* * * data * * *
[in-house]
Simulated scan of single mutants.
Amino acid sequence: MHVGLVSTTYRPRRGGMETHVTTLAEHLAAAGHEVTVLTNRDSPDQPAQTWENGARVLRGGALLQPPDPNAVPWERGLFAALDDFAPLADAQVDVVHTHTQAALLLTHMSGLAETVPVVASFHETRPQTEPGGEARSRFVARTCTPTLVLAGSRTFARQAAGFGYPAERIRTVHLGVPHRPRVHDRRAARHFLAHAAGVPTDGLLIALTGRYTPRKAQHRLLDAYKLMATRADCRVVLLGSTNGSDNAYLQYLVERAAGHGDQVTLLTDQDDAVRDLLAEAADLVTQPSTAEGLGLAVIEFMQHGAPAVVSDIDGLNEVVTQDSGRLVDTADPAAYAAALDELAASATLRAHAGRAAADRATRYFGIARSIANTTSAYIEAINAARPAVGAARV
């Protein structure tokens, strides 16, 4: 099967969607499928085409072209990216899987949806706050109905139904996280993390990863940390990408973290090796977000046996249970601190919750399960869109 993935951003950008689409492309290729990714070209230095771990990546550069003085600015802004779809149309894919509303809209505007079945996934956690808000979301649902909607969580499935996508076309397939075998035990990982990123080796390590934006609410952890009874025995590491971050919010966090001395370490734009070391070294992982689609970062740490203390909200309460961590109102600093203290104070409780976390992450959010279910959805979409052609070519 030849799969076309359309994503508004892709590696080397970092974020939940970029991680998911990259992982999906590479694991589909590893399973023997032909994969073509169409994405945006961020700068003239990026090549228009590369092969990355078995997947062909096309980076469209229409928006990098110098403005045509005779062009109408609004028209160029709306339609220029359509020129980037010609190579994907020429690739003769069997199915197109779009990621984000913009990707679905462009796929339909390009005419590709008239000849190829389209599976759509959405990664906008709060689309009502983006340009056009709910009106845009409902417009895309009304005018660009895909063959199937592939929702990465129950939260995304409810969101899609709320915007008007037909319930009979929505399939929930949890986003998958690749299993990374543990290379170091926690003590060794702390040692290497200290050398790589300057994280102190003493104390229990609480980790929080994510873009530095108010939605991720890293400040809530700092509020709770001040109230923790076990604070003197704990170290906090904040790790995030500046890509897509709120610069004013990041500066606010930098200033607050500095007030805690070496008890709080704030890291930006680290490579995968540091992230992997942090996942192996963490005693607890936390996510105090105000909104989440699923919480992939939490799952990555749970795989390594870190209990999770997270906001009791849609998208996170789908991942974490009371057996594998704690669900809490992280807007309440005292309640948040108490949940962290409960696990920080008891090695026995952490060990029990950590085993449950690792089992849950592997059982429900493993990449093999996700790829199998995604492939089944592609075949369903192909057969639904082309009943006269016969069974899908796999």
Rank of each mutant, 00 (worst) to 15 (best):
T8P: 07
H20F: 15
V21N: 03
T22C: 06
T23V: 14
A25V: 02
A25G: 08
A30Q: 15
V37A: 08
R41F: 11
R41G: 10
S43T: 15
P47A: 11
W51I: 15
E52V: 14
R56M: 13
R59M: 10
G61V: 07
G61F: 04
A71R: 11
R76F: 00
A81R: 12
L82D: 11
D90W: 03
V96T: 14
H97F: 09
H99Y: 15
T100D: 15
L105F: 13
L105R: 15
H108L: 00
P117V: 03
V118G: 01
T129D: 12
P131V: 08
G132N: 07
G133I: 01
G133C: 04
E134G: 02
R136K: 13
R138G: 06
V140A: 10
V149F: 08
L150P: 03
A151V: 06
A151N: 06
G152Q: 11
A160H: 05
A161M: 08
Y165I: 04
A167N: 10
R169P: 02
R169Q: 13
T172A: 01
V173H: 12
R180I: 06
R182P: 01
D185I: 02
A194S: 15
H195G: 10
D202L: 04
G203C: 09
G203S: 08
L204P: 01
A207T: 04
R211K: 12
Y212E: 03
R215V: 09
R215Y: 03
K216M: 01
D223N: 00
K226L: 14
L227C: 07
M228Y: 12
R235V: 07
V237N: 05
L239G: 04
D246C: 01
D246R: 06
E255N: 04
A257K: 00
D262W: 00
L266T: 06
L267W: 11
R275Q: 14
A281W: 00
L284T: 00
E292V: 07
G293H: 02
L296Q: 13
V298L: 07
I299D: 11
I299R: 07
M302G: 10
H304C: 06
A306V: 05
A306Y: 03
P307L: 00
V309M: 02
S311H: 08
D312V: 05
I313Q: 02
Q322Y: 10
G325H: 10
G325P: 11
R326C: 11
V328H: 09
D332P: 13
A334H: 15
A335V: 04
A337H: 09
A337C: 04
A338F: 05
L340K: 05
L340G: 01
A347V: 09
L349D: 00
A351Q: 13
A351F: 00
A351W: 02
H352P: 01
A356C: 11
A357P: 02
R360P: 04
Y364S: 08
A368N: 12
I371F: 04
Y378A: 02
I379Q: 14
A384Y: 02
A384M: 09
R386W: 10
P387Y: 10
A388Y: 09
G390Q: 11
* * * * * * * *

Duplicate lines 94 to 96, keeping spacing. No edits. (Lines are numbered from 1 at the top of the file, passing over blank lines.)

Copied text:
G293H: 02
L296Q: 13
V298L: 07